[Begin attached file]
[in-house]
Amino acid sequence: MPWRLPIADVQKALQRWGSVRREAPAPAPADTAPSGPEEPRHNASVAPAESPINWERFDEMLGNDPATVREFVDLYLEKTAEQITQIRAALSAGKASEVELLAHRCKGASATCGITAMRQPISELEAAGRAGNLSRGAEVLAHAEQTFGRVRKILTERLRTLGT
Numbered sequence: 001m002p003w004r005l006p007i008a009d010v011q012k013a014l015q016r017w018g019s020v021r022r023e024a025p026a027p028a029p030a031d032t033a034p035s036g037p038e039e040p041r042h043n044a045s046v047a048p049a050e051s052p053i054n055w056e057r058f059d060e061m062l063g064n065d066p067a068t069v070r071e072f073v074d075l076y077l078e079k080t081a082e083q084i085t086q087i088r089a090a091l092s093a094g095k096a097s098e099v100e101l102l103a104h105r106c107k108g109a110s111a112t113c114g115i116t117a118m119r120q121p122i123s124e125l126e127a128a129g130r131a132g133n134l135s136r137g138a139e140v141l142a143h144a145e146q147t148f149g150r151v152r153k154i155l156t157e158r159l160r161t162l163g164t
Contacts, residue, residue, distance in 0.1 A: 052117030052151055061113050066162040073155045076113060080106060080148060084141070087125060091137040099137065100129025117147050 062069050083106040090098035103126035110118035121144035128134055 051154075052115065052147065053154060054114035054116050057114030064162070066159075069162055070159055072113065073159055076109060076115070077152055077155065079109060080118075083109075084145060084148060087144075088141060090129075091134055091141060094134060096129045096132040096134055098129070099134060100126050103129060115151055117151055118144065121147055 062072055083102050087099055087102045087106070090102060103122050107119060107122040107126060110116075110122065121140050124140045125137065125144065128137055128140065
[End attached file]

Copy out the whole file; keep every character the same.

[in-house]
Amino acid sequence: MPWRLPIADVQKALQRWGSVRREAPAPAPADTAPSGPEEPRHNASVAPAESPINWERFDEMLGNDPATVREFVDLYLEKTAEQITQIRAALSAGKASEVELLAHRCKGASATCGITAMRQPISELEAAGRAGNLSRGAEVLAHAEQTFGRVRKILTERLRTLGT
Numbered sequence: 001m002p003w004r005l006p007i008a009d010v011q012k013a014l015q016r017w018g019s020v021r022r023e024a025p026a027p028a029p030a031d032t033a034p035s036g037p038e039e040p041r042h043n044a045s046v047a048p049a050e051s052p053i054n055w056e057r058f059d060e061m062l063g064n065d066p067a068t069v070r071e072f073v074d075l076y077l078e079k080t081a082e083q084i085t086q087i088r089a090a091l092s093a094g095k096a097s098e099v100e101l102l103a104h105r106c107k108g109a110s111a112t113c114g115i116t117a118m119r120q121p122i123s124e125l126e127a128a129g130r131a132g133n134l135s136r137g138a139e140v141l142a143h144a145e146q147t148f149g150r151v152r153k154i155l156t157e158r159l160r161t162l163g164t
Contacts, residue, residue, distance in 0.1 A: 052117030052151055061113050066162040073155045076113060080106060080148060084141070087125060091137040099137065100129025117147050 062069050083106040090098035103126035110118035121144035128134055 051154075052115065052147065053154060054114035054116050057114030064162070066159075069162055070159055072113065073159055076109060076115070077152055077155065079109060080118075083109075084145060084148060087144075088141060090129075091134055091141060094134060096129045096132040096134055098129070099134060100126050103129060115151055117151055118144065121147055 062072055083102050087099055087102045087106070090102060103122050107119060107122040107126060110116075110122065121140050124140045125137065125144065128137055128140065